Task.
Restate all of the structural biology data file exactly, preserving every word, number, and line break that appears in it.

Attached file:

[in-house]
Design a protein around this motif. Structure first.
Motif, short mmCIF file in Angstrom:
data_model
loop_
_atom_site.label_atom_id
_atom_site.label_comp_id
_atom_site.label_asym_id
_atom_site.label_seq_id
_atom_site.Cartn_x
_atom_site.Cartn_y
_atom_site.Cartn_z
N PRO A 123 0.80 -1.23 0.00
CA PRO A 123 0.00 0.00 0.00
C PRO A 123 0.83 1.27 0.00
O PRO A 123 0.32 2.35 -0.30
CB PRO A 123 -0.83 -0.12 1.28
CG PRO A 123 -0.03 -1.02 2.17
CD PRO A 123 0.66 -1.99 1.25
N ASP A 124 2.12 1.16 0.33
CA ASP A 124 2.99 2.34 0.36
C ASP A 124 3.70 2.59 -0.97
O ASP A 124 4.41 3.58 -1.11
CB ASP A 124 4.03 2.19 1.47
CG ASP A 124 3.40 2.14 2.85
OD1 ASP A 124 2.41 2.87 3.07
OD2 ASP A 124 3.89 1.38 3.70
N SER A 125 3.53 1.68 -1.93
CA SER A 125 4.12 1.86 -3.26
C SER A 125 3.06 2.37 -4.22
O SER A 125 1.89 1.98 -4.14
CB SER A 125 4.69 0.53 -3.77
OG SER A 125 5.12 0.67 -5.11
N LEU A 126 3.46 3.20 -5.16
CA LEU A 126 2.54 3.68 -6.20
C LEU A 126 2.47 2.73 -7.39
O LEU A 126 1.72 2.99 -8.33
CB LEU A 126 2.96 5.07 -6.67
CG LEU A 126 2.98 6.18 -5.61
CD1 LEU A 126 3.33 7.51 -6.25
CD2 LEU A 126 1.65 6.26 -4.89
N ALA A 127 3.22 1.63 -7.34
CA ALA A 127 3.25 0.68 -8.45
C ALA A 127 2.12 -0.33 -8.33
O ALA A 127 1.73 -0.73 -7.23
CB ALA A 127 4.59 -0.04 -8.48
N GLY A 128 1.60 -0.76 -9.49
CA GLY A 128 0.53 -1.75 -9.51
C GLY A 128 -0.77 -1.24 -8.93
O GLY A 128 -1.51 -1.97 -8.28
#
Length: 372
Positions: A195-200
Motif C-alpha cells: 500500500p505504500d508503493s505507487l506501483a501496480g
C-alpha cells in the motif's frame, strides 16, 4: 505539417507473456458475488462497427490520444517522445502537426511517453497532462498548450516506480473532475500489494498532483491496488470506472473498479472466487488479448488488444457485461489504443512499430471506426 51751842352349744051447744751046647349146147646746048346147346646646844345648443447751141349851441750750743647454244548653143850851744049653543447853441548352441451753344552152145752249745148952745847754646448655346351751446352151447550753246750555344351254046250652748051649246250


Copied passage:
[in-house]
Design a protein around this motif. Structure first.
Motif, short mmCIF file in Angstrom:
data_model
loop_
_atom_site.label_atom_id
_atom_site.label_comp_id
_atom_site.label_asym_id
_atom_site.label_seq_id
_atom_site.Cartn_x
_atom_site.Cartn_y
_atom_site.Cartn_z
N PRO A 123 0.80 -1.23 0.00
CA PRO A 123 0.00 0.00 0.00
C PRO A 123 0.83 1.27 0.00
O PRO A 123 0.32 2.35 -0.30
CB PRO A 123 -0.83 -0.12 1.28
CG PRO A 123 -0.03 -1.02 2.17
CD PRO A 123 0.66 -1.99 1.25
N ASP A 124 2.12 1.16 0.33
CA ASP A 124 2.99 2.34 0.36
C ASP A 124 3.70 2.59 -0.97
O ASP A 124 4.41 3.58 -1.11
CB ASP A 124 4.03 2.19 1.47
CG ASP A 124 3.40 2.14 2.85
OD1 ASP A 124 2.41 2.87 3.07
OD2 ASP A 124 3.89 1.38 3.70
N SER A 125 3.53 1.68 -1.93
CA SER A 125 4.12 1.86 -3.26
C SER A 125 3.06 2.37 -4.22
O SER A 125 1.89 1.98 -4.14
CB SER A 125 4.69 0.53 -3.77
OG SER A 125 5.12 0.67 -5.11
N LEU A 126 3.46 3.20 -5.16
CA LEU A 126 2.54 3.68 -6.20
C LEU A 126 2.47 2.73 -7.39
O LEU A 126 1.72 2.99 -8.33
CB LEU A 126 2.96 5.07 -6.67
CG LEU A 126 2.98 6.18 -5.61
CD1 LEU A 126 3.33 7.51 -6.25
CD2 LEU A 126 1.65 6.26 -4.89
N ALA A 127 3.22 1.63 -7.34
CA ALA A 127 3.25 0.68 -8.45
C ALA A 127 2.12 -0.33 -8.33
O ALA A 127 1.73 -0.73 -7.23
CB ALA A 127 4.59 -0.04 -8.48
N GLY A 128 1.60 -0.76 -9.49
CA GLY A 128 0.53 -1.75 -9.51
C GLY A 128 -0.77 -1.24 -8.93
O GLY A 128 -1.51 -1.97 -8.28
#
Length: 372
Positions: A195-200
Motif C-alpha cells: 500500500p505504500d508503493s505507487l506501483a501496480g
C-alpha cells in the motif's frame, strides 16, 4: 505539417507473456458475488462497427490520444517522445502537426511517453497532462498548450516506480473532475500489494498532483491496488470506472473498479472466487488479448488488444457485461489504443512499430471506426 51751842352349744051447744751046647349146147646746048346147346646646844345648443447751141349851441750750743647454244548653143850851744049653543447853441548352441451753344552152145752249745148952745847754646448655346351751446352151447550753246750555344351254046250652748051649246250